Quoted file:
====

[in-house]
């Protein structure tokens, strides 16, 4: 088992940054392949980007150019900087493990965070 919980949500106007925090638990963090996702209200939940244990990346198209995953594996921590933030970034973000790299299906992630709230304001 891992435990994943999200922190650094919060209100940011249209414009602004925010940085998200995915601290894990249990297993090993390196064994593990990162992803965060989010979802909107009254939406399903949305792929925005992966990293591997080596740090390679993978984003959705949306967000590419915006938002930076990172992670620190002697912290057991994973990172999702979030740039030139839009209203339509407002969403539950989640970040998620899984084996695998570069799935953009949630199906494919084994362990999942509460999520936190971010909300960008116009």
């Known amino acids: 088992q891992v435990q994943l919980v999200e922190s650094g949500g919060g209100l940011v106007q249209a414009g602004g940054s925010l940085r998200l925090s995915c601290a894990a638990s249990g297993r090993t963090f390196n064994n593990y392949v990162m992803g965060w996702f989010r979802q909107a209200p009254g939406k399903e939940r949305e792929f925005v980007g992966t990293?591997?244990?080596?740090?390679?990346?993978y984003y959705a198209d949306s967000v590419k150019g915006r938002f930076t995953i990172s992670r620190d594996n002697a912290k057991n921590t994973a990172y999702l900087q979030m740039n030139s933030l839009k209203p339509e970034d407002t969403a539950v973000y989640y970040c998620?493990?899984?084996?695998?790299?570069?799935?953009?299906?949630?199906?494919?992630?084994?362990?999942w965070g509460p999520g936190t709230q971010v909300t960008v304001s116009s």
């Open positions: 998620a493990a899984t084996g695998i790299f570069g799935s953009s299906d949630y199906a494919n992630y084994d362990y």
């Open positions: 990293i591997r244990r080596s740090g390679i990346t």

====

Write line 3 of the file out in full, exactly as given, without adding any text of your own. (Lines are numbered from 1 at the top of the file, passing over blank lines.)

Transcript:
């Known amino acids: 088992q891992v435990q994943l919980v999200e922190s650094g949500g919060g209100l940011v106007q249209a414009g602004g940054s925010l940085r998200l925090s995915c601290a894990a638990s249990g297993r090993t963090f390196n064994n593990y392949v990162m992803g965060w996702f989010r979802q909107a209200p009254g939406k399903e939940r949305e792929f925005v980007g992966t990293?591997?244990?080596?740090?390679?990346?993978y984003y959705a198209d949306s967000v590419k150019g915006r938002f930076t995953i990172s992670r620190d594996n002697a912290k057991n921590t994973a990172y999702l900087q979030m740039n030139s933030l839009k209203p339509e970034d407002t969403a539950v973000y989640y970040c998620?493990?899984?084996?695998?790299?570069?799935?953009?299906?949630?199906?494919?992630?084994?362990?999942w965070g509460p999520g936190t709230q971010v909300t960008v304001s116009s």